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Elephant9 Dodovoodoo Review

Album. Released 2008.  

BBC Review

This disc is exciting enough, but Elephant9's full damage is probably done during a...

Martin Longley 2008

Some combos head back to the grooving organ trio sound of the 1960s and 70s in a cool-headed, urbane fashion, clicking their fingers and setting their berets at a jaunty angle. Elephant9 have set fire to all headgear, shaking free their straggly manes for a deranged session of acid prog headbanging. This might be the Norwegian trio's debut disc, but we already know keyboardist Ståle Storløkken from his many years with Supersilent, and drummer Torstein Lofthus will be familiar to many as a member of Shining, those fellow purveyors of Gothic thrash-prog. It's only bassist Nikolai Haengsle who is unfamiliar outside Norway.

Subtlety is employed only occasionally, as the trio hurtles straight into the maelstrom that is the album's title cut. It's Emerson, Lake & Palmer territory, perhaps. The riffing is single-minded, but the structure is jerkily funky, or maybe funkily jerky. Recording live in the studio, Elephant9 careen along with spiny edges, knocking down any obstacles. The second tune, I Cover The Mountain Top, might hang back for a moment, caught in a ponder, but before long, the meat is out of the freezer, decaying fast. Storløkken revels in the extremity of his distortion, turning Fender Rhodes electric piano and Hammond organ into percussive instruments. The Lofthus approach to drumming is to let the avalanche fall, although not without some complicated wrist-flicks and lightning strikes around his heavy skins. Haengsle's bass is a crushing, cumulative presence.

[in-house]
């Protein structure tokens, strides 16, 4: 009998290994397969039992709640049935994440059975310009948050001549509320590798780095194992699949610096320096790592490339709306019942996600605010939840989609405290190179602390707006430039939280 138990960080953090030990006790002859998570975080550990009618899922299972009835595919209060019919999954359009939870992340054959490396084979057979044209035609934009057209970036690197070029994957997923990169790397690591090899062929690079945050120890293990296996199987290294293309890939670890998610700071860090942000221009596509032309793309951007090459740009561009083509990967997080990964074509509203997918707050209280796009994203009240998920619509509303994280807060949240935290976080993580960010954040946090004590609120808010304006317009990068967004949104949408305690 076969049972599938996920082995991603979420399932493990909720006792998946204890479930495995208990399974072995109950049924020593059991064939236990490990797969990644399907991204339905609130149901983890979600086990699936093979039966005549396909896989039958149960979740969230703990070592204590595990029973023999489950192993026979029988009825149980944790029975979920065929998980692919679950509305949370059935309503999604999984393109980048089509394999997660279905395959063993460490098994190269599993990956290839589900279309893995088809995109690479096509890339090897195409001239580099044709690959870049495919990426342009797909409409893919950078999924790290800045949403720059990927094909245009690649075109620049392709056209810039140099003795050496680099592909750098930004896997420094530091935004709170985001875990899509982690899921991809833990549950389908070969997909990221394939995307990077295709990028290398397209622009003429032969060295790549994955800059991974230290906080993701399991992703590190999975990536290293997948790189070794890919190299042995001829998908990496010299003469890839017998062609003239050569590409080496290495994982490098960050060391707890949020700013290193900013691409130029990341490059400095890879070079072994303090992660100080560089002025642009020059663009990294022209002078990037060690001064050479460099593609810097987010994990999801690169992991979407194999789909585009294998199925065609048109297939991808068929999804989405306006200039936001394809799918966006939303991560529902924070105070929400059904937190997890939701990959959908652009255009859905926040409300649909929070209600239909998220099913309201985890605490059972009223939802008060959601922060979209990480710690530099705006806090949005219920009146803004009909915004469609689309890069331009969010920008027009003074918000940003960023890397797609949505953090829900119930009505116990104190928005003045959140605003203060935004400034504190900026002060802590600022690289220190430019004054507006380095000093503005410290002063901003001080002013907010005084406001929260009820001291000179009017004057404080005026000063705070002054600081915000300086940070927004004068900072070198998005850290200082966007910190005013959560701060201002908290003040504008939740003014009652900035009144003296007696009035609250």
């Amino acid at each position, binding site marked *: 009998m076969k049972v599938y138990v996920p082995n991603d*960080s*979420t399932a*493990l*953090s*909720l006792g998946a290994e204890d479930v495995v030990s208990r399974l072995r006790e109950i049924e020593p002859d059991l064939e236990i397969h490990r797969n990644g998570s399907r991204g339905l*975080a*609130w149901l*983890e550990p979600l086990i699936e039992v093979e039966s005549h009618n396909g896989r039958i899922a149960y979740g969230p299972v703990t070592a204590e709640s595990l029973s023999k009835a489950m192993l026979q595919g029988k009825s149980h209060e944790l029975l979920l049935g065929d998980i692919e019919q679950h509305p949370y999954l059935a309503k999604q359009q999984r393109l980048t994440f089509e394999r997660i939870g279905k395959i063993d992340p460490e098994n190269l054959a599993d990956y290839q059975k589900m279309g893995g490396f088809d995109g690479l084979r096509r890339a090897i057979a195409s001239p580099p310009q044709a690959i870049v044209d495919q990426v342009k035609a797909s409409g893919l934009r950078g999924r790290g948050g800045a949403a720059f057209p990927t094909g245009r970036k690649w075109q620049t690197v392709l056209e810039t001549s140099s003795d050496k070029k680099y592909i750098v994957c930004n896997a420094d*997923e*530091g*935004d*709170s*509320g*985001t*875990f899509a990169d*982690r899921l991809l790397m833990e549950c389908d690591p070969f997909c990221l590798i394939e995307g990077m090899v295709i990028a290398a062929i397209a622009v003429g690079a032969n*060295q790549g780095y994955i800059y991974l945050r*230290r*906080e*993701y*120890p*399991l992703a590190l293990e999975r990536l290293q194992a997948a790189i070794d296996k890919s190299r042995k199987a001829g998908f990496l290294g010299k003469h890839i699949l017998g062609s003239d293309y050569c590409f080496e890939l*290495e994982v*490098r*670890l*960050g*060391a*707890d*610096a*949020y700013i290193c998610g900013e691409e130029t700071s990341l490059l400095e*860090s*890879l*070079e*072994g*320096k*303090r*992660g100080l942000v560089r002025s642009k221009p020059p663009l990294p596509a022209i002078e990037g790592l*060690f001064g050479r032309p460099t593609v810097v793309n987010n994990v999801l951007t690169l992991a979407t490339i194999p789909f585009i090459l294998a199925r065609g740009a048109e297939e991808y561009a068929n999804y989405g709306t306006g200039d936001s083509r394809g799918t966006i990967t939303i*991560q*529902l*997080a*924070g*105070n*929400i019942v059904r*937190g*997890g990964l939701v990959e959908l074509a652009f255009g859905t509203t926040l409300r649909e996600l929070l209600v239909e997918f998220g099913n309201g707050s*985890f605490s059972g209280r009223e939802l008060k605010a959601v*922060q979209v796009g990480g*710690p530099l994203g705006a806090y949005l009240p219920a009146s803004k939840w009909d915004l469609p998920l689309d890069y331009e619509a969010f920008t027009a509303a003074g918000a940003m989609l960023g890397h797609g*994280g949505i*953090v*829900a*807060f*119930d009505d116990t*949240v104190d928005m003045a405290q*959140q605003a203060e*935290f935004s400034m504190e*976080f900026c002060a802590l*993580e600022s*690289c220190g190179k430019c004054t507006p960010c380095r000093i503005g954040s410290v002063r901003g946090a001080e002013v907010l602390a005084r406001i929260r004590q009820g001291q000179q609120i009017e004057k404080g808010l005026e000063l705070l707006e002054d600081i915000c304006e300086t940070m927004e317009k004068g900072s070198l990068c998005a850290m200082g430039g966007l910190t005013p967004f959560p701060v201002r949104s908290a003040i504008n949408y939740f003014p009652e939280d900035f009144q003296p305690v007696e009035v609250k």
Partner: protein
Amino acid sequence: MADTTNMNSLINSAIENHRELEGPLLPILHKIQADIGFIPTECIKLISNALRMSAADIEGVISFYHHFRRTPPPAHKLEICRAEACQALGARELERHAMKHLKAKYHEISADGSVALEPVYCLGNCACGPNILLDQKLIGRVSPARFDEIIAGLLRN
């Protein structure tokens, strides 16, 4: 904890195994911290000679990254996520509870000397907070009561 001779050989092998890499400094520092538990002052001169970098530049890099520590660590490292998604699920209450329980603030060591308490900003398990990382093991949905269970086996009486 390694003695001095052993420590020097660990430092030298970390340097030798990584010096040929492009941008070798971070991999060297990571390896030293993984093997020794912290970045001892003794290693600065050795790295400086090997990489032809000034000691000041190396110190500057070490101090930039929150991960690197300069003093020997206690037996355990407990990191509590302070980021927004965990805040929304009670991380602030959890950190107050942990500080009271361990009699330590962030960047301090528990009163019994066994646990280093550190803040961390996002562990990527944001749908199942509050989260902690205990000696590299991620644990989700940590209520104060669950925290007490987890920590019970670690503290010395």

Some numbers might begin sensitively, but their ultimate destiny lies in a thundering brawl. The only exception is Hymne, which remains in a creepy state. Misdirection is a churning funk snapshot, followed by the cosmic chills of Doctor Honoris Causa and Directions, a double dose of Joe Zawinul composition which takes the trio into its most jazzy state, Storløkken revelling in the physicality of key contact, jabbing out tight bursts of frazzled phrasing. Again, there's a pause for abstraction, but not before the thundering leviathan tumble makes its return. This disc is exciting enough, but Elephant9's full damage is probably done during a live show, in front of a very worried audience.

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